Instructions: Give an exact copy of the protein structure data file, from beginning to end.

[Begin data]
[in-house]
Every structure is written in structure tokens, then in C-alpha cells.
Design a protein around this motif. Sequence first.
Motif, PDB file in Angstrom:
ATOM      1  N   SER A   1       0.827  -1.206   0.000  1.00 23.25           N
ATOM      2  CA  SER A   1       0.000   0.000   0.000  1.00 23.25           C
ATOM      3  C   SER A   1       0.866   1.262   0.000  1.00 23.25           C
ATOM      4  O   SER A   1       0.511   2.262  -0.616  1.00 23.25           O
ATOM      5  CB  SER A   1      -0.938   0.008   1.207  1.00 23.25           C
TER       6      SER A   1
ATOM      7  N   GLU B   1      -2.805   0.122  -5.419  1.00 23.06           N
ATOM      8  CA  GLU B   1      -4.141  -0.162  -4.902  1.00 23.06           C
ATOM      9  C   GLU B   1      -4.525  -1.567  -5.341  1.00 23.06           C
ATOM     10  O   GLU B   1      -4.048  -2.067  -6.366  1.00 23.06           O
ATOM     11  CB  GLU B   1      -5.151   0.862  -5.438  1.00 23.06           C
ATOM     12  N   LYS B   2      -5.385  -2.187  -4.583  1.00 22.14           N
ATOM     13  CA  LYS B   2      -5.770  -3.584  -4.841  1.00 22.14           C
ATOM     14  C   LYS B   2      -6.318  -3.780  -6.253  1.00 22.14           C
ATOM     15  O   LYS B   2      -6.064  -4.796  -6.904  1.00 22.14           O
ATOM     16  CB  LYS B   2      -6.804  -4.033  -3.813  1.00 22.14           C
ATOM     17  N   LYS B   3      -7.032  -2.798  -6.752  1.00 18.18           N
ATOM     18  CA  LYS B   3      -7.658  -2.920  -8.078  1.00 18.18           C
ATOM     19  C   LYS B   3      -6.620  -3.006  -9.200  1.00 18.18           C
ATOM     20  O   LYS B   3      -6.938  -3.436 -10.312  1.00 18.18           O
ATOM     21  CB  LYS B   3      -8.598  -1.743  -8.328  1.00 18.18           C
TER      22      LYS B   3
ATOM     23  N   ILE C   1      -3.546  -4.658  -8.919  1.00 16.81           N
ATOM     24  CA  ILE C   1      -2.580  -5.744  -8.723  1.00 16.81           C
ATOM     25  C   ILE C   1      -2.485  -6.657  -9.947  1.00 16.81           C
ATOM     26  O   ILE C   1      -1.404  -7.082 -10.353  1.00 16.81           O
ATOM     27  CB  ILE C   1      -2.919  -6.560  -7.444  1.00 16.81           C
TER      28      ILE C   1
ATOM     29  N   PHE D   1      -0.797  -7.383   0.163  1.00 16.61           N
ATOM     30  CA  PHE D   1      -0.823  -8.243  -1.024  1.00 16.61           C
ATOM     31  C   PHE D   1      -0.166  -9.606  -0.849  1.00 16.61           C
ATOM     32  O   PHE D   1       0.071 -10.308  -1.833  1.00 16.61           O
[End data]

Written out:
[in-house]
Every structure is written in structure tokens, then in C-alpha cells.
Design a protein around this motif. Sequence first.
Motif, PDB file in Angstrom:
ATOM      1  N   SER A   1       0.827  -1.206   0.000  1.00 23.25           N
ATOM      2  CA  SER A   1       0.000   0.000   0.000  1.00 23.25           C
ATOM      3  C   SER A   1       0.866   1.262   0.000  1.00 23.25           C
ATOM      4  O   SER A   1       0.511   2.262  -0.616  1.00 23.25           O
ATOM      5  CB  SER A   1      -0.938   0.008   1.207  1.00 23.25           C
TER       6      SER A   1
ATOM      7  N   GLU B   1      -2.805   0.122  -5.419  1.00 23.06           N
ATOM      8  CA  GLU B   1      -4.141  -0.162  -4.902  1.00 23.06           C
ATOM      9  C   GLU B   1      -4.525  -1.567  -5.341  1.00 23.06           C
ATOM     10  O   GLU B   1      -4.048  -2.067  -6.366  1.00 23.06           O
ATOM     11  CB  GLU B   1      -5.151   0.862  -5.438  1.00 23.06           C
ATOM     12  N   LYS B   2      -5.385  -2.187  -4.583  1.00 22.14           N
ATOM     13  CA  LYS B   2      -5.770  -3.584  -4.841  1.00 22.14           C
ATOM     14  C   LYS B   2      -6.318  -3.780  -6.253  1.00 22.14           C
ATOM     15  O   LYS B   2      -6.064  -4.796  -6.904  1.00 22.14           O
ATOM     16  CB  LYS B   2      -6.804  -4.033  -3.813  1.00 22.14           C
ATOM     17  N   LYS B   3      -7.032  -2.798  -6.752  1.00 18.18           N
ATOM     18  CA  LYS B   3      -7.658  -2.920  -8.078  1.00 18.18           C
ATOM     19  C   LYS B   3      -6.620  -3.006  -9.200  1.00 18.18           C
ATOM     20  O   LYS B   3      -6.938  -3.436 -10.312  1.00 18.18           O
ATOM     21  CB  LYS B   3      -8.598  -1.743  -8.328  1.00 18.18           C
TER      22      LYS B   3
ATOM     23  N   ILE C   1      -3.546  -4.658  -8.919  1.00 16.81           N
ATOM     24  CA  ILE C   1      -2.580  -5.744  -8.723  1.00 16.81           C
ATOM     25  C   ILE C   1      -2.485  -6.657  -9.947  1.00 16.81           C
ATOM     26  O   ILE C   1      -1.404  -7.082 -10.353  1.00 16.81           O
ATOM     27  CB  ILE C   1      -2.919  -6.560  -7.444  1.00 16.81           C
TER      28      ILE C   1
ATOM     29  N   PHE D   1      -0.797  -7.383   0.163  1.00 16.61           N
ATOM     30  CA  PHE D   1      -0.823  -8.243  -1.024  1.00 16.61           C
ATOM     31  C   PHE D   1      -0.166  -9.606  -0.849  1.00 16.61           C
ATOM     32  O   PHE D   1       0.071 -10.308  -1.833  1.00 16.61           O